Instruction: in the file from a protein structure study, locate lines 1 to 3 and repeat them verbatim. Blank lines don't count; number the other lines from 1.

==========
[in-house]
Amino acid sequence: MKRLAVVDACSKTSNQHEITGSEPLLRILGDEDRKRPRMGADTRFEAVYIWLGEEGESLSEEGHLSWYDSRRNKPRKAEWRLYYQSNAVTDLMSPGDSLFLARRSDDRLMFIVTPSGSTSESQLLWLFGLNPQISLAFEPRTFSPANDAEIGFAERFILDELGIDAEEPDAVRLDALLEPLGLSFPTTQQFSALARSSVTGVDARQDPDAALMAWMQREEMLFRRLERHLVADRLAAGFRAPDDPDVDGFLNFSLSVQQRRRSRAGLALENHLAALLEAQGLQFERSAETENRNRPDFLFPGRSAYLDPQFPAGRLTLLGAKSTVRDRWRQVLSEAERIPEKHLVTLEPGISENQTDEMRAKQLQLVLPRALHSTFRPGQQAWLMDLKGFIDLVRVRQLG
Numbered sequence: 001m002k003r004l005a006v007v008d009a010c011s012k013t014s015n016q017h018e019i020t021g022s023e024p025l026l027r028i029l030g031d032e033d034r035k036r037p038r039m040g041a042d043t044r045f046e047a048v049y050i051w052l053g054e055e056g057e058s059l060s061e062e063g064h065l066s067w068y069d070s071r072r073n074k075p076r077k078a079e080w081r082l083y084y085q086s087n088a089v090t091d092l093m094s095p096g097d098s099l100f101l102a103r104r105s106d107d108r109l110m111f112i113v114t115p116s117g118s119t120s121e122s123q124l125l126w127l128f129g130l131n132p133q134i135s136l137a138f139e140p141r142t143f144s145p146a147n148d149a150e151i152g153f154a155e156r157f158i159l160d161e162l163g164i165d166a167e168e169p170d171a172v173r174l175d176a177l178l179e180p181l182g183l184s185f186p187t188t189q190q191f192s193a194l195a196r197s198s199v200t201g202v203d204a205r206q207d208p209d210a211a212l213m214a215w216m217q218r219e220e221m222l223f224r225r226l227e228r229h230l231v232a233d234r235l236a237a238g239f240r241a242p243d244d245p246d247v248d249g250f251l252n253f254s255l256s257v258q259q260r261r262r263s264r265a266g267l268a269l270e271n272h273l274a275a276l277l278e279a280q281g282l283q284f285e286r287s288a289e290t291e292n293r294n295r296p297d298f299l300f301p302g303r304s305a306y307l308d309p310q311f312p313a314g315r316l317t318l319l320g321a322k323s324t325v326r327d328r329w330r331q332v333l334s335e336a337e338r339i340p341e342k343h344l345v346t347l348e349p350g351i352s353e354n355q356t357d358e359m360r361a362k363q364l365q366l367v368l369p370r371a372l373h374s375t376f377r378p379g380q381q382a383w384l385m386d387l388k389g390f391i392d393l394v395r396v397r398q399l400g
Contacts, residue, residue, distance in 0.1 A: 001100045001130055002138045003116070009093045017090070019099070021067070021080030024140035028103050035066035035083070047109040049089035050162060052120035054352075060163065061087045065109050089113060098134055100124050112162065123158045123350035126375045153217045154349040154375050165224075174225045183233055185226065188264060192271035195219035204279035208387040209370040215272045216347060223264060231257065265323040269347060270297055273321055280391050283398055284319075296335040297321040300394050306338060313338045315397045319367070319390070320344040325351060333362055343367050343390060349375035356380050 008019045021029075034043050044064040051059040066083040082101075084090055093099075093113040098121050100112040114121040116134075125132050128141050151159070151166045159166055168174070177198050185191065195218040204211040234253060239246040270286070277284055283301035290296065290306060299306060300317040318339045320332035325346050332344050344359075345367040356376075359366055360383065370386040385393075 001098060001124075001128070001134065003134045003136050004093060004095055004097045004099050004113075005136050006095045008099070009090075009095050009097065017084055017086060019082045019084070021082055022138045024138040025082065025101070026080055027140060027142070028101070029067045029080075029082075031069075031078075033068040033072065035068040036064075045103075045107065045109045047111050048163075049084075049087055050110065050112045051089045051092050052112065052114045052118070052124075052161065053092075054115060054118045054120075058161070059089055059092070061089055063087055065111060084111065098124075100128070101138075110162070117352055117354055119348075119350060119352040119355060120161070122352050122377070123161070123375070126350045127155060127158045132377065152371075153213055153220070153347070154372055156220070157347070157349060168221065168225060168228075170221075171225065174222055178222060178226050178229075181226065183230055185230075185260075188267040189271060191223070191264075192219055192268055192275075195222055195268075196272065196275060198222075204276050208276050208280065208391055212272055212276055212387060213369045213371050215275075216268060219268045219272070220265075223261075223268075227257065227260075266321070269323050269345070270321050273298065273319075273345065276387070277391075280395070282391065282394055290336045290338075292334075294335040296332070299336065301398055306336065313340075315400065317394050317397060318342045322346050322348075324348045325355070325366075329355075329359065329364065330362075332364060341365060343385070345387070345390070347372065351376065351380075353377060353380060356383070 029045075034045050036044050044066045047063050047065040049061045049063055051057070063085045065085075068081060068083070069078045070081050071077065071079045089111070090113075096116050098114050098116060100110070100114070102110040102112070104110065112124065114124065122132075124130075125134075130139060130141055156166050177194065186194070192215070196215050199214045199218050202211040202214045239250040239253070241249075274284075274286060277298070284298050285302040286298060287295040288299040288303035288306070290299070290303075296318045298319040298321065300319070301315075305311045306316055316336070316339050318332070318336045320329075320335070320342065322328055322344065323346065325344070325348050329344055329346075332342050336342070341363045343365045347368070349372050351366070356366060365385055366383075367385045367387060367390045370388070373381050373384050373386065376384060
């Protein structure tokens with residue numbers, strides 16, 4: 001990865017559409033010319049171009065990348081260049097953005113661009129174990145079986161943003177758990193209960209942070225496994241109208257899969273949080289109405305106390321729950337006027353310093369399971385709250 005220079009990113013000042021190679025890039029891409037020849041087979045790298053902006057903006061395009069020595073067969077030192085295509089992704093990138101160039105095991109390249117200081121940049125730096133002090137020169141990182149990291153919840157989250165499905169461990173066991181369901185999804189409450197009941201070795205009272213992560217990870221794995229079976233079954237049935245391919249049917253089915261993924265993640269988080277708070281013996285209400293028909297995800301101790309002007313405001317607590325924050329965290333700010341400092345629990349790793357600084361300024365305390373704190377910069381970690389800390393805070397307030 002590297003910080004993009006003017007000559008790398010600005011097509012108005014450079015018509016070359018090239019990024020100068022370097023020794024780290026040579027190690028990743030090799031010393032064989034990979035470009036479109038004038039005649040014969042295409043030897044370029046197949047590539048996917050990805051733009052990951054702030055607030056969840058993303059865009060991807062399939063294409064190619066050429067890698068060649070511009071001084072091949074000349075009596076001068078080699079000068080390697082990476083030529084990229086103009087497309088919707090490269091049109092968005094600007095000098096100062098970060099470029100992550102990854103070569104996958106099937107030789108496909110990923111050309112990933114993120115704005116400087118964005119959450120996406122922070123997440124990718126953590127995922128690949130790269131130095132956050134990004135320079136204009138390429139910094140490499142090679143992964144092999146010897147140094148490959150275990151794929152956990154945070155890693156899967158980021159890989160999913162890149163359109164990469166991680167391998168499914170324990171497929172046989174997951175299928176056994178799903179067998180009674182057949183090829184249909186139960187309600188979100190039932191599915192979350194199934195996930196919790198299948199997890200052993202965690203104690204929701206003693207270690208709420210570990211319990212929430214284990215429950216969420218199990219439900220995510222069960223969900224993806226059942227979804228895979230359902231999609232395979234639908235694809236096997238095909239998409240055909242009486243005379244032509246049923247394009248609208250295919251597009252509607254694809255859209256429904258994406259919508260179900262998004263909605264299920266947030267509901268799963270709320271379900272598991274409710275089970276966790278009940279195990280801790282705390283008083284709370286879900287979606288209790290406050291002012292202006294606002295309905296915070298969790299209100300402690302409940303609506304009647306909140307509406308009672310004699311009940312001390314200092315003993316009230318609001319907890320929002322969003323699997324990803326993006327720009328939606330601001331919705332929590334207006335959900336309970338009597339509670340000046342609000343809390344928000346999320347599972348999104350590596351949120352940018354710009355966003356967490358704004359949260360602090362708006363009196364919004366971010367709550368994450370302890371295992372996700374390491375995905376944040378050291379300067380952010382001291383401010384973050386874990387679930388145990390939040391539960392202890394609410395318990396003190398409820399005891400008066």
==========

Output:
[in-house]
Amino acid sequence: MKRLAVVDACSKTSNQHEITGSEPLLRILGDEDRKRPRMGADTRFEAVYIWLGEEGESLSEEGHLSWYDSRRNKPRKAEWRLYYQSNAVTDLMSPGDSLFLARRSDDRLMFIVTPSGSTSESQLLWLFGLNPQISLAFEPRTFSPANDAEIGFAERFILDELGIDAEEPDAVRLDALLEPLGLSFPTTQQFSALARSSVTGVDARQDPDAALMAWMQREEMLFRRLERHLVADRLAAGFRAPDDPDVDGFLNFSLSVQQRRRSRAGLALENHLAALLEAQGLQFERSAETENRNRPDFLFPGRSAYLDPQFPAGRLTLLGAKSTVRDRWRQVLSEAERIPEKHLVTLEPGISENQTDEMRAKQLQLVLPRALHSTFRPGQQAWLMDLKGFIDLVRVRQLG
Numbered sequence: 001m002k003r004l005a006v007v008d009a010c011s012k013t014s015n016q017h018e019i020t021g022s023e024p025l026l027r028i029l030g031d032e033d034r035k036r037p038r039m040g041a042d043t044r045f046e047a048v049y050i051w052l053g054e055e056g057e058s059l060s061e062e063g064h065l066s067w068y069d070s071r072r073n074k075p076r077k078a079e080w081r082l083y084y085q086s087n088a089v090t091d092l093m094s095p096g097d098s099l100f101l102a103r104r105s106d107d108r109l110m111f112i113v114t115p116s117g118s119t120s121e122s123q124l125l126w127l128f129g130l131n132p133q134i135s136l137a138f139e140p141r142t143f144s145p146a147n148d149a150e151i152g153f154a155e156r157f158i159l160d161e162l163g164i165d166a167e168e169p170d171a172v173r174l175d176a177l178l179e180p181l182g183l184s185f186p187t188t189q190q191f192s193a194l195a196r197s198s199v200t201g202v203d204a205r206q207d208p209d210a211a212l213m214a215w216m217q218r219e220e221m222l223f224r225r226l227e228r229h230l231v232a233d234r235l236a237a238g239f240r241a242p243d244d245p246d247v248d249g250f251l252n253f254s255l256s257v258q259q260r261r262r263s264r265a266g267l268a269l270e271n272h273l274a275a276l277l278e279a280q281g282l283q284f285e286r287s288a289e290t291e292n293r294n295r296p297d298f299l300f301p302g303r304s305a306y307l308d309p310q311f312p313a314g315r316l317t318l319l320g321a322k323s324t325v326r327d328r329w330r331q332v333l334s335e336a337e338r339i340p341e342k343h344l345v346t347l348e349p350g351i352s353e354n355q356t357d358e359m360r361a362k363q364l365q366l367v368l369p370r371a372l373h374s375t376f377r378p379g380q381q382a383w384l385m386d387l388k389g390f391i392d393l394v395r396v397r398q399l400g